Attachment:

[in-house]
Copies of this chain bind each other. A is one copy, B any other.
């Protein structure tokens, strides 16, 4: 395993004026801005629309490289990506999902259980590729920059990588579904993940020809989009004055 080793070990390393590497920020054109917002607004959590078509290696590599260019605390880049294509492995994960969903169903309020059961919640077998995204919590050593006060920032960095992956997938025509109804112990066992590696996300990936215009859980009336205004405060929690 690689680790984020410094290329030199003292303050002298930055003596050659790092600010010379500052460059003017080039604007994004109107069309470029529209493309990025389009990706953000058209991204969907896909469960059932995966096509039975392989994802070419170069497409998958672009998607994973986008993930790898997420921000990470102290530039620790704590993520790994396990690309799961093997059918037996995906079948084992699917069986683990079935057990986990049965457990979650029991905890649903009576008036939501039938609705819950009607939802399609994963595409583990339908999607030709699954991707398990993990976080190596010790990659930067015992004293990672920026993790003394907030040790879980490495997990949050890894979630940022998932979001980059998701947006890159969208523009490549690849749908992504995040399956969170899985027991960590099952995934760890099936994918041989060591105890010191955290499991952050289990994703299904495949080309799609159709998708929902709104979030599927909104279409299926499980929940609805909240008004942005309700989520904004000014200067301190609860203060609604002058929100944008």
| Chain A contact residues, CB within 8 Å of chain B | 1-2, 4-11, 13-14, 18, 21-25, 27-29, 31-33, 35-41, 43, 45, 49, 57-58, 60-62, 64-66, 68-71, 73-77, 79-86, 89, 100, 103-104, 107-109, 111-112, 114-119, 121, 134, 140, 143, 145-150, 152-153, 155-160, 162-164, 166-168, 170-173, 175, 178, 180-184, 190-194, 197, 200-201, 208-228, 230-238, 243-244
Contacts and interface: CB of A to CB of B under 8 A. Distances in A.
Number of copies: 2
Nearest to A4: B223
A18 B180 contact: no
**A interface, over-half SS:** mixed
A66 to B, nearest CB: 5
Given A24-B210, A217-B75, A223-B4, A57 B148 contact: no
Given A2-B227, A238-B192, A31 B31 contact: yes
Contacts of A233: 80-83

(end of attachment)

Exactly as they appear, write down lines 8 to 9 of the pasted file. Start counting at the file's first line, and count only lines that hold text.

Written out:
A18 B180 contact: no
**A interface, over-half SS:** mixed